|Publication number||US5196700 A|
|Application number||US 07/798,755|
|Publication date||Mar 23, 1993|
|Filing date||Nov 27, 1991|
|Priority date||Nov 30, 1990|
|Also published as||DE69116657D1, DE69116657T2, EP0488371A2, EP0488371A3, EP0488371B1|
|Publication number||07798755, 798755, US 5196700 A, US 5196700A, US-A-5196700, US5196700 A, US5196700A|
|Original Assignee||Shimadzu Corporation|
|Export Citation||BiBTeX, EndNote, RefMan|
|Patent Citations (6), Referenced by (7), Classifications (19), Legal Events (4)|
|External Links: USPTO, USPTO Assignment, Espacenet|
1. Field of the Invention
The present invention relates to an ion source section of a mass spectrometer for ionizing a gaseous sample introduced therein.
2. Description of the Prior Art
A gas chromatograph (GC) is provided for separating a gaseous mixture into its various constituent parts. A mass spectrometer (MS) is provided for analyzing a gaseous sample to determine its molecular structure. If the output of a gas chromatograph is coupled to the input of a mass spectrometer, the combined instrument is known as a gas chromatograph/mass spectrometer (GC/MS).
FIG. 3, for example shows a conventional ion source section of a mass spectrometer coupled to a gas chromatograph. The ion source section comprises an ionization chamber 1, an ion extraction electrode 2, an ion lens system 3, and a quadrupole electrode 4 for a quadrupole mass spectrometer. A sample gas is introduced into the ionization chamber 1, vertically to the plane of the drawing, through a sample introduction inlet 1b. A filament 1f is provided outside the ionization chamber 1 for injecting electrons into the ionization chamber 1 through an electron injection aperture 1e so that the sample molecule is ionized within the ionization chamber 1. An electron trap 1t is provided for capturing electrons passing through the ionization chamber 1.
FIG. 4 is a rear side of the apparatus of FIG. 3, showing a heater 5 embedded within the ionization chamber 1 for maintaining the sample gas introduced into the chamber 1 at a predetermined temperature. A column 6 for the gas chromatograph is coupled to the ionization chamber 1 through an interface block 7. The interface block 7 is a metal block attached to an outer housing 8 of the mass spectrometer. An introduction aperture 7h coupled to the column 6 of the gas chromatograph passes through the interface block 7. A heater 9 is embedded within the interface block 7. A temperature sensor 10 is provided for generating a control signal to keep the interface block 7 at a predetermined temperature. Because the ionization chamber 1 injects ion to the mass spectrometer portion, which is grounded, the chamber 1 should have a voltage different from the ground. Therefore, it is necessary to electrically isolate the ionization chamber 1 and the interface block 7 when introducing the gas. For this purpose, an isolator 11 having a throughhole is interposed between the interface block 7 and the ionization chamber 1.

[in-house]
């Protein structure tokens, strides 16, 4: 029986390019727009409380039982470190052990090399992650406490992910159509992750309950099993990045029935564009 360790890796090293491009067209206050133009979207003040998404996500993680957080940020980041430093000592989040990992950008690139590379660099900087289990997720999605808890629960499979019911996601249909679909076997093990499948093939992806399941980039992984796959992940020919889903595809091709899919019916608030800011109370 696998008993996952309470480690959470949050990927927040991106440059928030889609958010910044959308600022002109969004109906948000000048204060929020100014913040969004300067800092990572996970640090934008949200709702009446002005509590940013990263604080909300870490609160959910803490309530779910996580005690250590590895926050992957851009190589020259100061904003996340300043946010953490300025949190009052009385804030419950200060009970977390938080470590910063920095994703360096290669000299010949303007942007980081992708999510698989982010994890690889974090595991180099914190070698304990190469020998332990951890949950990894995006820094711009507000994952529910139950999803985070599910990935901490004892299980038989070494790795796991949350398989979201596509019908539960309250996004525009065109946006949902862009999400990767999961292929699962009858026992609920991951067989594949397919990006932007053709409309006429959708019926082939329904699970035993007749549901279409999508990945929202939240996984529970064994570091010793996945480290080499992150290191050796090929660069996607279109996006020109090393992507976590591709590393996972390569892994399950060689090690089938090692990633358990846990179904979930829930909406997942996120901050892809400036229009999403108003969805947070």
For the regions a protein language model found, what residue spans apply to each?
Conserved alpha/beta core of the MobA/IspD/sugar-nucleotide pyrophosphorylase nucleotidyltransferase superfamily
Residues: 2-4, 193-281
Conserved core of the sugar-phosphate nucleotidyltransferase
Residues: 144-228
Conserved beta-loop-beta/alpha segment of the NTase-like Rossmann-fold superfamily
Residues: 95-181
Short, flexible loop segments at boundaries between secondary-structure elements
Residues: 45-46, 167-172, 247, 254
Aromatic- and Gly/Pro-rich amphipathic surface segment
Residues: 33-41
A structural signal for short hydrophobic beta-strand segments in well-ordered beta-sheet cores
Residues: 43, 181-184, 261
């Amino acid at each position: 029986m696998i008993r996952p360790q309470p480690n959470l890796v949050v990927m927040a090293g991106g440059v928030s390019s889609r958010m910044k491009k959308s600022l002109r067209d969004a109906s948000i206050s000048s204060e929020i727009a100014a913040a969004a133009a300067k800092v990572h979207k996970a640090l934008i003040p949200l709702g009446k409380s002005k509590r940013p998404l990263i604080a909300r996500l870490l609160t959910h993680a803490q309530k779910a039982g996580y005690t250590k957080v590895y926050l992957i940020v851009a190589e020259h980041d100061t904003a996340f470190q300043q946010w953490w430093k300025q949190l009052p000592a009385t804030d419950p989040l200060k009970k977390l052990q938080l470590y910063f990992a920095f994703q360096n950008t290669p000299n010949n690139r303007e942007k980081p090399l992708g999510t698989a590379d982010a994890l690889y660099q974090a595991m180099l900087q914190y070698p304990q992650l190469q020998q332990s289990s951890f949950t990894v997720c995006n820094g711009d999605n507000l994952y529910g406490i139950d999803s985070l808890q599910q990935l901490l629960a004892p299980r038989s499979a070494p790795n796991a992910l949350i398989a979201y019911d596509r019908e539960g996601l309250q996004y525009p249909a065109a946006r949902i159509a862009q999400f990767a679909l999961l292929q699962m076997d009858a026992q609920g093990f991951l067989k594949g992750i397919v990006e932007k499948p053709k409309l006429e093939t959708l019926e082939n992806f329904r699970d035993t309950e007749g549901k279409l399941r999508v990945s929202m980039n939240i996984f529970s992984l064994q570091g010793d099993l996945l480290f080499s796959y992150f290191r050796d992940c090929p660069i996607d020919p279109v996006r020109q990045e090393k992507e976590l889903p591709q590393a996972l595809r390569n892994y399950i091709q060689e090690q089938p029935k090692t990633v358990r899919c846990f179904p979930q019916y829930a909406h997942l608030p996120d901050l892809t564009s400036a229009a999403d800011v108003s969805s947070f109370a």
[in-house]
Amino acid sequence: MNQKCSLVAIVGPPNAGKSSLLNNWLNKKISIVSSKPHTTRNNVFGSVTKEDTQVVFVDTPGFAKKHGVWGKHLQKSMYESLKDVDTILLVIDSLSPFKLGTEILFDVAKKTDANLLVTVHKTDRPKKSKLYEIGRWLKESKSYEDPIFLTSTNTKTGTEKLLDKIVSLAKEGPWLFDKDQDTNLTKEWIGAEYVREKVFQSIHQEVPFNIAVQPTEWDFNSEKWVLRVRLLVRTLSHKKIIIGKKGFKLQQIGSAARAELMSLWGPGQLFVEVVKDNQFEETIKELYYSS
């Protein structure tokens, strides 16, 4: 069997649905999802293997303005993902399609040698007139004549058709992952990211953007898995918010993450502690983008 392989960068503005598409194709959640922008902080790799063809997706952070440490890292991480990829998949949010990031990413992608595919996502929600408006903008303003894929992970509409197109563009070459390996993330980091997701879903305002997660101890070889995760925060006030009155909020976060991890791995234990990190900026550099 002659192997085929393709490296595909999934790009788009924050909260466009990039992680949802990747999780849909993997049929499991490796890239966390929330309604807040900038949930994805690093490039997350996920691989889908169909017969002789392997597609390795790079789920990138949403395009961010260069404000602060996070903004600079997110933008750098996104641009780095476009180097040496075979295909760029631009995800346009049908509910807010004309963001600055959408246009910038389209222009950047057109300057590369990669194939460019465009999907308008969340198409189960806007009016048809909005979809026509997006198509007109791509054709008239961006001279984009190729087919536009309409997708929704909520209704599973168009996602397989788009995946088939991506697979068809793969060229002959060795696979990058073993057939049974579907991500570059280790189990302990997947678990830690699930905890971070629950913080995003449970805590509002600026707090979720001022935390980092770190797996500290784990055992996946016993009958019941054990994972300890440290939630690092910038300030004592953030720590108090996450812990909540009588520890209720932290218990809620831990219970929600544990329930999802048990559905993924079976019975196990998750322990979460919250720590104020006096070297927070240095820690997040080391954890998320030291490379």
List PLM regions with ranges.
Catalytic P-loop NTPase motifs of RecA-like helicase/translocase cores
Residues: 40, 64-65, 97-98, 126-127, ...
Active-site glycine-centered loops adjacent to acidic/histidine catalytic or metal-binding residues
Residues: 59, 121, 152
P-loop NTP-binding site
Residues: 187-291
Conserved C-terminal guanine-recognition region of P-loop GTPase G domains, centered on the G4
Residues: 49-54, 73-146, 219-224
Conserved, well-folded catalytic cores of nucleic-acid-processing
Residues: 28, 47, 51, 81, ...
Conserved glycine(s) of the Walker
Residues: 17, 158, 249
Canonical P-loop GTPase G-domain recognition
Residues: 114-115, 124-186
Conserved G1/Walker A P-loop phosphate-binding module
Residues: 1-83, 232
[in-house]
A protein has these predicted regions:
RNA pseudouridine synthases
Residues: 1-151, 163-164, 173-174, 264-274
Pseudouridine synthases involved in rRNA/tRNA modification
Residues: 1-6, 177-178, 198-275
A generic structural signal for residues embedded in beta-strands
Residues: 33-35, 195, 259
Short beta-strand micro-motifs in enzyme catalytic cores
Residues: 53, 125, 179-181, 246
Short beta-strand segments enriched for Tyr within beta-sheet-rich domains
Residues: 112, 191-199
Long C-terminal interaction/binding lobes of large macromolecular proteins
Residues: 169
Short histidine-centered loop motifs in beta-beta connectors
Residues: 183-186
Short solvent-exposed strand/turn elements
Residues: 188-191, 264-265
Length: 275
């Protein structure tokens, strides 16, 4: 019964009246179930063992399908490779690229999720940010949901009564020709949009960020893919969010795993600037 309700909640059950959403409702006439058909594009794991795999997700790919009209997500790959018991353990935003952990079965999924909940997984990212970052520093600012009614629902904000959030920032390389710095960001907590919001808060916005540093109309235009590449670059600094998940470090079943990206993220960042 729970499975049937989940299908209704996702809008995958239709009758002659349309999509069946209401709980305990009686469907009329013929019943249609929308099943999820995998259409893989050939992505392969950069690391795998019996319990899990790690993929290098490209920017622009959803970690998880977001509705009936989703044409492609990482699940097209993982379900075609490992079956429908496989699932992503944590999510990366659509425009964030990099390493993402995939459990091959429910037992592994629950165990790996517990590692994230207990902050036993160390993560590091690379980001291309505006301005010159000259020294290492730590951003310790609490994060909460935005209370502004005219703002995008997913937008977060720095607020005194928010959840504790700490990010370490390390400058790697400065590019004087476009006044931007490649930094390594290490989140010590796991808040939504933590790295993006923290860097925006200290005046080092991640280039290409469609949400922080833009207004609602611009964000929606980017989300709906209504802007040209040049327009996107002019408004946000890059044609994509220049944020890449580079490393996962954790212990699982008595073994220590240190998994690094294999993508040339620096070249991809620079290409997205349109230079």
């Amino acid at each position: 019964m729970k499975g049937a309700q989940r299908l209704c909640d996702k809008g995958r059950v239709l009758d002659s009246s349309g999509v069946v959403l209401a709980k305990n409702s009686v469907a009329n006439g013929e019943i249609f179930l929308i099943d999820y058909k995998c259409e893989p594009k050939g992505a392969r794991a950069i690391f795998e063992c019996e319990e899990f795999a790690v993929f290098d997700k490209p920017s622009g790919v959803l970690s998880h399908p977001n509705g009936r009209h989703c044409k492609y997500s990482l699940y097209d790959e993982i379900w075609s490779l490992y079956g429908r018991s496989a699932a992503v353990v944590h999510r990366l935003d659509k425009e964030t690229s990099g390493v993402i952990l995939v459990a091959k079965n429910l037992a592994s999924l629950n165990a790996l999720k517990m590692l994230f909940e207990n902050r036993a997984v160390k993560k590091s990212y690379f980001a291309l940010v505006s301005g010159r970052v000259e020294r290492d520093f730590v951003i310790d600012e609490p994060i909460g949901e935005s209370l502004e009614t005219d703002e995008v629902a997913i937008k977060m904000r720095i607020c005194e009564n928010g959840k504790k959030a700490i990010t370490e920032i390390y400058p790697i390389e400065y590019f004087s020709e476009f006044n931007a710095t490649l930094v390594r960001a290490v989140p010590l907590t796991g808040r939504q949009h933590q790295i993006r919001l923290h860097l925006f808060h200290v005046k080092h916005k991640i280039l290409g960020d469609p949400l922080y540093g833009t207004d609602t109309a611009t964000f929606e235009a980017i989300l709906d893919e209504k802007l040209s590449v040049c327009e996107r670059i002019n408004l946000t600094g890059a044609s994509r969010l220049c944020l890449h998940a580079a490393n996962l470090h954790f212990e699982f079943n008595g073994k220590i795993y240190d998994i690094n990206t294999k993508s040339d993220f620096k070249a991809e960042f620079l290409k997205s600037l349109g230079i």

The above-structured ion source section of the mass spectrometer has the following problems. Since the sample molecules are attached to the inside wall of the ionization chamber 1 so that the resultant mass spectra may make a ghost, it is necessary to clean the inside of the ionization chamber 1 some times. However, the ionization chamber 1 is secured to with the ion lens system 3 by a bolt 3b. So, in order to remove the ionization chamber 1, the ion lens system 3 must be dismantled and it is very troublesome to reassemble the ionization chamber after cleaning. It is preferred that the ionization chamber 1 and the interface block 7 be kept at the same temperature. The isolator 11 which is interposed between them, has a low thermal conductivity. It is, therefore, impossible to heat the ionization chamber 1 by the conducting heat from the interface block 7. A heater must be provided individually in both the interface block 7 and the ionization chamber 1, and therefore is rather difficult to continuously keep them at the same temperature. For this reason, further, the ionization chamber 1 is difficult to be disassembled and reassembled for cleaning.